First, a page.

Reactions from prominent journalists and authors to the controversy surrounding Greg Mortenson ranged from reserved judgment to belief that there are fabrications in the book “Three Cups of Tea.”
On a “60 Minutes” expose Sunday, author Jon Krakauer and some of the people featured in the book claimed that some stories in “Three Cups” aren’t completely factual. Questions were also raised about the practices of Mortenson’s charitable organization, the Central Asia Institute. Publisher Viking said it will review the book.
Mortenson responded in an interview with Outside Magazine, saying his co-author, David Oliver Relin, took literary license with the stories.
Appearing on CNN Monday night, Alex Heard, the editorial director of Outside who interviewed Mortenson before the “60 Minutes” piece aired, told Soledad O’Brien that Mortenson had answers for the questions about his initial visit to the Korphe village — which he says he stumbled upon after failing to reach the K2 summit and in which he promised to build a school — and his claim that he was kidnapped by the Taliban. “Whether they’re going to prove satisfactory, I think it’s too early to tell,” Heard said.
In the interview, Mortenson admits that there was a “compression of events” concerning his visits to Korphe, a village in the Baltistan region of Pakistan. In a written answer Mortenson provided on the CAI Web site, he says:
It is important to know that Balti people have a completely different notion about time. ... For example, “now” can mean immediately or sometime over the course of a whole long season. The concept of past and future is rarely of concern. Often tenses are left out of discussion, although everyone knows what is implied. And if a person is a day or week late or early it doesn’t matter. The Balti consider the western notion of time quite amusing.
New York Times columnist Nicholas Kristof, who has written about Mortenson’s schools, tweeted, “I find the Greg Mortenson story pretty heartbreaking. I saw a couple of his schools in Afghanistan; they were terrific.” On CNN, Kristof said he’s seen some of the “truly impressive” schools in Afghanistan firsthand and that the public “should reserve judgment to some degree.”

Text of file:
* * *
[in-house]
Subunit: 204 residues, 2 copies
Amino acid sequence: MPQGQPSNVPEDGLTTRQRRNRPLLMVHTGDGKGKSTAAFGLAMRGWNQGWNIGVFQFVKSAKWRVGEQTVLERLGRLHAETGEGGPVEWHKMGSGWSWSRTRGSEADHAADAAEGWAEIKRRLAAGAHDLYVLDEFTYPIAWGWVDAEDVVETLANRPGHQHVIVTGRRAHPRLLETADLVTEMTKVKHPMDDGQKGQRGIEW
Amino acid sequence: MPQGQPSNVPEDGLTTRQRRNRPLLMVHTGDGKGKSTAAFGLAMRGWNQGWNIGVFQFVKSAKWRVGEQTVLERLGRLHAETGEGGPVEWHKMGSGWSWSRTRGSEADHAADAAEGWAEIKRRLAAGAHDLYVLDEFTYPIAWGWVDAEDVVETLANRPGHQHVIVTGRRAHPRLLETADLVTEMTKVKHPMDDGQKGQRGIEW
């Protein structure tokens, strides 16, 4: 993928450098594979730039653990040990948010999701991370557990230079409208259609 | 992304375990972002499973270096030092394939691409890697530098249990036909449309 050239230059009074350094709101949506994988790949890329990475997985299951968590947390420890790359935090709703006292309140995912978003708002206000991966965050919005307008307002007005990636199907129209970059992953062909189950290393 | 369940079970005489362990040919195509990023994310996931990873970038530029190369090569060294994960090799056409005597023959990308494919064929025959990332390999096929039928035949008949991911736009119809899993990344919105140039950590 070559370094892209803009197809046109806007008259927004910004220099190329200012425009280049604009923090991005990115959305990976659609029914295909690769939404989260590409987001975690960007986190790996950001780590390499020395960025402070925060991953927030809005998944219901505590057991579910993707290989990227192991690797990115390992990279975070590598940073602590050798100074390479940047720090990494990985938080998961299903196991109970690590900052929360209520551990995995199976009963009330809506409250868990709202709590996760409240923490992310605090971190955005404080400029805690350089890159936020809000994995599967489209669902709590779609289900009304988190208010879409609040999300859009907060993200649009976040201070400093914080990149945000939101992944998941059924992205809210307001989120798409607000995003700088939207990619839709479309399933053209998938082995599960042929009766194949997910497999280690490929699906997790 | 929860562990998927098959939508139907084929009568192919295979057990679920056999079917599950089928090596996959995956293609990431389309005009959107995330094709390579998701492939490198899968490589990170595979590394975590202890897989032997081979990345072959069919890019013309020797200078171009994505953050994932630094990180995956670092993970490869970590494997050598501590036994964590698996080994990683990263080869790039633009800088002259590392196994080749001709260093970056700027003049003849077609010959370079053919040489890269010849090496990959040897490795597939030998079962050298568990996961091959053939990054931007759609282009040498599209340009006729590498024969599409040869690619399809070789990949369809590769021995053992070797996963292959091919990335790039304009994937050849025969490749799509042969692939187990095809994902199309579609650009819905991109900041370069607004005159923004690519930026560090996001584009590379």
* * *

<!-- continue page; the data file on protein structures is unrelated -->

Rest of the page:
Heard echoed these sentiments when he said, “He has done a lot of great work over there, and I think we should be careful not to throw all of that out because there are some questions being raised.”
CNN correspondent Peter Bergen said he believes there are “fabrications” in the book, including Mortenson’s story of being kidnapped by the Taliban. Bergen personally knows one of the men Mortenson claimed was a kidnapper, and also said the Taliban didn’t exist in that part of Pakistan at the time. Photos of Mortenson holding a gun with the alleged kidnappers also raise doubts in Bergen’s mind.
Mortenson responded to this on the CAI Web site:
Yes, I was detained for eight days in Waziristan in 1996. It was against my will, and my passport and money were taken from me. I was not mistreated or harmed, but I was also not allowed to leave. A blanket was put over my head any time I was moved by vehicle. A “Talib” means student in Arabic, and yes there were Taliban in the region.
Bergen said he believes Mortenson’s placing the blame for inaccuracies on his co-author is not fair. Heard said Mortenson didn’t completely pass the blame in the interview, but did say he didn’t fully understand the non-fiction writing process. “It’s not a good enough answer,” Heard said.
Rima Al-Sabah, wife of Kuwait’s ambassador to Washington, told the Post’s Reliable Source she’s “shocked.” “I hope that the allegations are untrue,” she added. Al-Sabah raised $2 million last year for the CAI and honored Mortenson at the Kuwait-America Foundation dinner.
The CAI’s board responded to “60 Minutes” on its Web site here.
Watch the CNN interview below: